Twitter just announced Wednesday afternoon some API changes that gives users more oversight when granting third-party applications access to their account, but it’s already proving to be a headache for developers of those apps.
Going forward, third-party applications that need access to your direct messages (DMs) will have to ask for permission again, according to a blog post penned by Jodi Olson, head of PR for the Twitter platform. By the end of the month, any apps that don’t need access will automatically have it revoked.
Additionally, whenever users are about to grant a third-party application access to their account, Twitter will detail to the user exactly what information the app is requesting: from the timeline to followers to direct messages, and everything in between.
Sounds gravy, right?
Not according to responses in this Google Groups discussion of the changes.
In line with the changes described above, Twitter has also told developers that “only applications which direct a user through the OAuth web flow will be able to receive access tokens that allow access to direct messages. Any other method of authorization, including xAuth, will only be able to receive Read/Write tokens.”
In other words, developers whose clients currently use xAuth have a little less than two weeks to integrate OAuth flow instead, if they want their users to still be able to access direct messages.
Here’s a sampling of the first few responses from developers, bolding added by us:
“The new permissions level is welcomed by me and a good idea. Removing the ability for xAuth to access DMs is insanity, pure and simple. I presume your iOS and Mac clients will be switching off xAuth access as well then?” (Rich)
“In the past, I've seen several occurrences where popular clients weren't affected by the rules. Will we yet again see this, or will there not be an exception for those clients? The same question goes for Twitter's own apps: will they make the switch to OAuth, or will they keep using xAuth?” (Tom van der Woerdt)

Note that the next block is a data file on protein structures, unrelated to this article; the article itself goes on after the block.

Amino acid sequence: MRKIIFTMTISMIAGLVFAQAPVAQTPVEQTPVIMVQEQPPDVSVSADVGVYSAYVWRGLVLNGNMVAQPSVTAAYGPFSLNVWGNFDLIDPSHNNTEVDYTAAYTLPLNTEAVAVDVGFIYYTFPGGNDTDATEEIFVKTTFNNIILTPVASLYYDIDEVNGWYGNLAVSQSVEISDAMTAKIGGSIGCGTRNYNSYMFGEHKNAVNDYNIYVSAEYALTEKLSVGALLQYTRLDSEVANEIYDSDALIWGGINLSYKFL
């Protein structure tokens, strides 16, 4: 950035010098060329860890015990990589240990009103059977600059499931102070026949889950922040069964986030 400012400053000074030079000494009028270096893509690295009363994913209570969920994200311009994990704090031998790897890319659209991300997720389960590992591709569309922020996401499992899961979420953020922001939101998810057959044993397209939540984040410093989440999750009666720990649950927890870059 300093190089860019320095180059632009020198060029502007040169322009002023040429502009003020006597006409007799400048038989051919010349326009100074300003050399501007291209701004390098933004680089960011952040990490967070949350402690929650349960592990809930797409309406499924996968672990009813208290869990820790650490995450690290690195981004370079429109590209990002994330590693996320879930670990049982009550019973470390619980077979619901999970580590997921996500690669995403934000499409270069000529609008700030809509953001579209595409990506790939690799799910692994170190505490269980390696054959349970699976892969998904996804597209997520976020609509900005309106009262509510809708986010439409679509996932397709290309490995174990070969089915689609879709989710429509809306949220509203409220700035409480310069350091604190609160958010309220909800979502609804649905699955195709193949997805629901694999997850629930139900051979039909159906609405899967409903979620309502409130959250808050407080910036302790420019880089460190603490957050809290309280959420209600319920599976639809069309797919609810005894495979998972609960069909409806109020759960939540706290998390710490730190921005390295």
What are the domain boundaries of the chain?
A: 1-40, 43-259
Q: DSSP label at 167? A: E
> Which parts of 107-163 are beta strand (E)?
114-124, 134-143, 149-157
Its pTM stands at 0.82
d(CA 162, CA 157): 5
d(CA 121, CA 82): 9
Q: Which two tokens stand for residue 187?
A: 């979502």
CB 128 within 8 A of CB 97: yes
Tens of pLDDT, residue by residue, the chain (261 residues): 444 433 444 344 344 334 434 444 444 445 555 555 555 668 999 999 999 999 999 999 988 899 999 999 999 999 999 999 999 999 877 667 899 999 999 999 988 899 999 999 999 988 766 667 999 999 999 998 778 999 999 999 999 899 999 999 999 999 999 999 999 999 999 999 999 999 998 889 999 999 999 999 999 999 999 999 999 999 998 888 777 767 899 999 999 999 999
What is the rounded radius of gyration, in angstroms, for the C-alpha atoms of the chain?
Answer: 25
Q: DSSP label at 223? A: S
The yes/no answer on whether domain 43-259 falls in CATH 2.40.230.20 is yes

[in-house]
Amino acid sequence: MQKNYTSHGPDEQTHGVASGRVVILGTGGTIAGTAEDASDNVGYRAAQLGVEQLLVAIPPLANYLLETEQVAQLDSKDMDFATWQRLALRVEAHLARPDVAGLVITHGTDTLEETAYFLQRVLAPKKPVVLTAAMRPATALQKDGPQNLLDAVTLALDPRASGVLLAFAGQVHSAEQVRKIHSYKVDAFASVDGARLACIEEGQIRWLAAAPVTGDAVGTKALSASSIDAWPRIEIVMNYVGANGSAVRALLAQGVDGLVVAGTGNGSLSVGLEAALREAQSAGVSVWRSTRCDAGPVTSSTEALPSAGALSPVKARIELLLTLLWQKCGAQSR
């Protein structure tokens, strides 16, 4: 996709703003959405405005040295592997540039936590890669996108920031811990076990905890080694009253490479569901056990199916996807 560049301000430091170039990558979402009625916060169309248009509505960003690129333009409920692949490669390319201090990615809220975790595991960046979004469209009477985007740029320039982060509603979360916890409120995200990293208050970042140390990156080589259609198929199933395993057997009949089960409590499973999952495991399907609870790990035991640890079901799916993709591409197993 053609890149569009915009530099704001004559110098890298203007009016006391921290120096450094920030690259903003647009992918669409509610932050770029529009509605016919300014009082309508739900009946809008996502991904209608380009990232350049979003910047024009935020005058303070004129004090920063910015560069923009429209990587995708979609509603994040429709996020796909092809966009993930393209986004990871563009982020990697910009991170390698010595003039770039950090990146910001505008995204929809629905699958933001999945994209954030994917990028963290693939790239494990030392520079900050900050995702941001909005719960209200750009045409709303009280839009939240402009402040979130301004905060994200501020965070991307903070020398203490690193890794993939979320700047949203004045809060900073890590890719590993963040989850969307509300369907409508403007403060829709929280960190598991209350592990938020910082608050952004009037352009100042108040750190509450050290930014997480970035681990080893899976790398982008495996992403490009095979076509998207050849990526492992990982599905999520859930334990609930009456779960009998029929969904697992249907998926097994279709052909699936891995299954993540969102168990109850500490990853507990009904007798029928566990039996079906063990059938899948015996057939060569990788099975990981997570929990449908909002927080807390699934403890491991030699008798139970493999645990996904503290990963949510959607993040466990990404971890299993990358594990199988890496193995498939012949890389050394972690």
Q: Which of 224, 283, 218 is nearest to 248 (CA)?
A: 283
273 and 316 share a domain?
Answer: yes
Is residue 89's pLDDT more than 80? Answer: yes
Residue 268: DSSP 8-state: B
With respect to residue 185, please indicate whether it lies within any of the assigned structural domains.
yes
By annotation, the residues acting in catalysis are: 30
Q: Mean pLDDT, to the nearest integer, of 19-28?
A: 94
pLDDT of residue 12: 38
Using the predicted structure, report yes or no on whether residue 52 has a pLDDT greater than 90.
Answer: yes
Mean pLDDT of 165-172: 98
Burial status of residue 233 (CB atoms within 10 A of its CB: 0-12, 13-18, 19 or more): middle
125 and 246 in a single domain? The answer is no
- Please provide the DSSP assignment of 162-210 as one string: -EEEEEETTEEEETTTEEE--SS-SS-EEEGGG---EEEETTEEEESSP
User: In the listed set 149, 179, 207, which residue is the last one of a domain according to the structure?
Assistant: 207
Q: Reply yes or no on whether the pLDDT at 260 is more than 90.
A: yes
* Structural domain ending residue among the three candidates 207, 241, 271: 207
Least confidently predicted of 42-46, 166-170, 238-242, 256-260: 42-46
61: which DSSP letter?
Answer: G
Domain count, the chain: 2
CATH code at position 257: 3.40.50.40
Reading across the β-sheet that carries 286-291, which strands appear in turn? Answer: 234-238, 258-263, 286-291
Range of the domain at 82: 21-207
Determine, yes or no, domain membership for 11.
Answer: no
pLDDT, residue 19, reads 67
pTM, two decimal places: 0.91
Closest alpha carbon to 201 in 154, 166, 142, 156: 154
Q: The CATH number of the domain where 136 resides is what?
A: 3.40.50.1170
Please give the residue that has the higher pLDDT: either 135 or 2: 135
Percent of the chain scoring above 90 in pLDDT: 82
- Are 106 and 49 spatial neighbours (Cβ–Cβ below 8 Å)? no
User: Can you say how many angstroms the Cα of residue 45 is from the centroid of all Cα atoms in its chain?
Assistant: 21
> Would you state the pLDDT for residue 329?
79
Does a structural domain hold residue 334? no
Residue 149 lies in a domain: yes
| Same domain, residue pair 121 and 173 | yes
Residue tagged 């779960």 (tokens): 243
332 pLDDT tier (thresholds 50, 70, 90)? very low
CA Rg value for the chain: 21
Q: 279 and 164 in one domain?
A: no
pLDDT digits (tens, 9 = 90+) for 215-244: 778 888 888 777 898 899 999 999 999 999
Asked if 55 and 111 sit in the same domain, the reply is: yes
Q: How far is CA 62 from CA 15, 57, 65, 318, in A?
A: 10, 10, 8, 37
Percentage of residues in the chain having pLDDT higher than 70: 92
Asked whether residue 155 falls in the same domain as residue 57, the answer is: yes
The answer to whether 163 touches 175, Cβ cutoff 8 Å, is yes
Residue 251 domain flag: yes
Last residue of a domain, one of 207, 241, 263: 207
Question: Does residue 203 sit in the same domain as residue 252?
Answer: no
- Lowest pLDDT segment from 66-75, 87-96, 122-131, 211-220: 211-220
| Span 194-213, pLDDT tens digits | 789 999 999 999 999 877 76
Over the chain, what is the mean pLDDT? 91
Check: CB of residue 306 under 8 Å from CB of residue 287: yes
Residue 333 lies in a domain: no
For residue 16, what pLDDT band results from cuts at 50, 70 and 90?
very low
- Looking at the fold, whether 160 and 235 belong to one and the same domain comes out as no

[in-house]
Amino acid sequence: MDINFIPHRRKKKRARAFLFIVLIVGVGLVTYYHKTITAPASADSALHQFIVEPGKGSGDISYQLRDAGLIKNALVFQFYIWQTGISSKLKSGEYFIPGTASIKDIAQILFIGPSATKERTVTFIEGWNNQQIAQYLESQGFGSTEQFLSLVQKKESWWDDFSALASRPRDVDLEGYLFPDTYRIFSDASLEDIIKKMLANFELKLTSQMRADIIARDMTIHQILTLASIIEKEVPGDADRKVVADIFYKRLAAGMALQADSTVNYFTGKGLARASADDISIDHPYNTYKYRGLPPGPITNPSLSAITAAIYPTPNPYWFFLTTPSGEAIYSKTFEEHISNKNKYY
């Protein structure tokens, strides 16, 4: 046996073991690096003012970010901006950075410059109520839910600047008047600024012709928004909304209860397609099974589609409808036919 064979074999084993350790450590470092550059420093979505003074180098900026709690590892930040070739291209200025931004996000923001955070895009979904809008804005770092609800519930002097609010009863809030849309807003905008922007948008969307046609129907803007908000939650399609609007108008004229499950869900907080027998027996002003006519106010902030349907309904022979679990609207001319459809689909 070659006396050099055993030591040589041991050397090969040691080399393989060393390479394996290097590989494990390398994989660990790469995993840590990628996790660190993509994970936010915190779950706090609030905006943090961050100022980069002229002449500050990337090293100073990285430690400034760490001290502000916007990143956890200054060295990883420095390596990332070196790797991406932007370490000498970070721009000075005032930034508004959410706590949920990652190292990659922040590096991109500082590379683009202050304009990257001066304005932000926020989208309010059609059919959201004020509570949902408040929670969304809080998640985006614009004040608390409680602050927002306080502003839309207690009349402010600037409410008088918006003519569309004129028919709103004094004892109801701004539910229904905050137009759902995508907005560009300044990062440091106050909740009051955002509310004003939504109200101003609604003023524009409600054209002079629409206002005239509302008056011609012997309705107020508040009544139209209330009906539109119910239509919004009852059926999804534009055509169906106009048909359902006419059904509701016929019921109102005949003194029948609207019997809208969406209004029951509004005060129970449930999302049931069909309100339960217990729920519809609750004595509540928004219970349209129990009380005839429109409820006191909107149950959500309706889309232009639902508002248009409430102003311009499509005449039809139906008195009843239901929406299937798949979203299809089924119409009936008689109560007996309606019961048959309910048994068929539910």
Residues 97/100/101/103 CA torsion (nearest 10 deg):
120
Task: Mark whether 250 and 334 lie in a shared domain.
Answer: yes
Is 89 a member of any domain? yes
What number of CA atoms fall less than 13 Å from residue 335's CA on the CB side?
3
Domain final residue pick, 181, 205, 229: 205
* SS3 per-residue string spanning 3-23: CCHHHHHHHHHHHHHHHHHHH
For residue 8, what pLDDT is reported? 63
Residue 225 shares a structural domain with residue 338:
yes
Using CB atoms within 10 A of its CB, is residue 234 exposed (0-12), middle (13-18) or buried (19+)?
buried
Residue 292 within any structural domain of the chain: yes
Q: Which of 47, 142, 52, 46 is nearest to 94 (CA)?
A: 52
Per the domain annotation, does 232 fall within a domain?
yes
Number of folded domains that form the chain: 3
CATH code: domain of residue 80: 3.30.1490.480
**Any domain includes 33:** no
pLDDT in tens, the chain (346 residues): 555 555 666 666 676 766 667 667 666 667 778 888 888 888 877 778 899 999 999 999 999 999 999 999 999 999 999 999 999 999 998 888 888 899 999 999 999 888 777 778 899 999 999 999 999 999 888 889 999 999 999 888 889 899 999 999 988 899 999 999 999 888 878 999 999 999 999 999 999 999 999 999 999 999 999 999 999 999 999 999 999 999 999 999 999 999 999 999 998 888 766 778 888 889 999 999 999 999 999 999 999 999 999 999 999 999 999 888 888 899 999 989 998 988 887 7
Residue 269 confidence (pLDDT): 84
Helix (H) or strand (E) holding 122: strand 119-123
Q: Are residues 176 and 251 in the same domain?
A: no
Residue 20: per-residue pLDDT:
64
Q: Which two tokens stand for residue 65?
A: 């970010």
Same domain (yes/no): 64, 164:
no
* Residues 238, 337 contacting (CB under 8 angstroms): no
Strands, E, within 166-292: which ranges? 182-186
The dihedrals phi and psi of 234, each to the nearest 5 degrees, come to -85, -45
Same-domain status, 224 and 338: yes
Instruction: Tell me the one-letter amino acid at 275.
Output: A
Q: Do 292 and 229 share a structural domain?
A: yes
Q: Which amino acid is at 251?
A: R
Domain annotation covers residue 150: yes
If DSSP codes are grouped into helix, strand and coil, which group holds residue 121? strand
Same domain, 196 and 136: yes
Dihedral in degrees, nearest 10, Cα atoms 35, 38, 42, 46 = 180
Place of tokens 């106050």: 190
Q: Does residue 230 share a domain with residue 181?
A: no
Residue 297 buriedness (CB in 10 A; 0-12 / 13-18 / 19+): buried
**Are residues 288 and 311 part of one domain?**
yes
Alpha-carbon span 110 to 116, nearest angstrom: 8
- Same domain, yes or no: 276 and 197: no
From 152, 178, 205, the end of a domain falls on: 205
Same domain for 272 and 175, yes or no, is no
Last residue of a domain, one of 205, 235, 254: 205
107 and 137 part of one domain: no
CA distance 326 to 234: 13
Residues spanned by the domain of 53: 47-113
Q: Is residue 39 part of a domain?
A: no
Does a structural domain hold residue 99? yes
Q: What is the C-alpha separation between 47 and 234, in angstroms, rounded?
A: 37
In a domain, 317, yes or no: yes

“This is such a short timeframe for people to rebuild, QA and resubmit their apps that it will certainly mean some peoples apps will stop working while they are waiting for them to be 'approved' by their own QA, or their internal IT department, or their app store or market. I would request that you think about extending it. (@nuxnix)
“can you please give us more time to adapt to this. It is impossible to make the appropriate changes and submit to appstore within this timeframe.” (janole)
“That is a HUGE and MAJOR headache for existing apps and their thousands of users who are currently using any of the /1/direct_messages methods.“ (Dewald Pretorius)
Yikes. Not quite a warm reception.
Twitter hasn't been very good at making developers happy lately. The last major example was the company's decree a few months ago that developers stop making clients mimicking the microblogging site's basic functionality; with official applications like Twitter for Mac and Twitter for iPhone becoming readily available, it's clear that the company wants to rule that market all by itself.
Then there was the whole UberMedia fiasco in February.
We’ve reached out to Olson to gather Twitter’s response, and she tells me a response from Developer Advocate Matt Harris is forthcoming.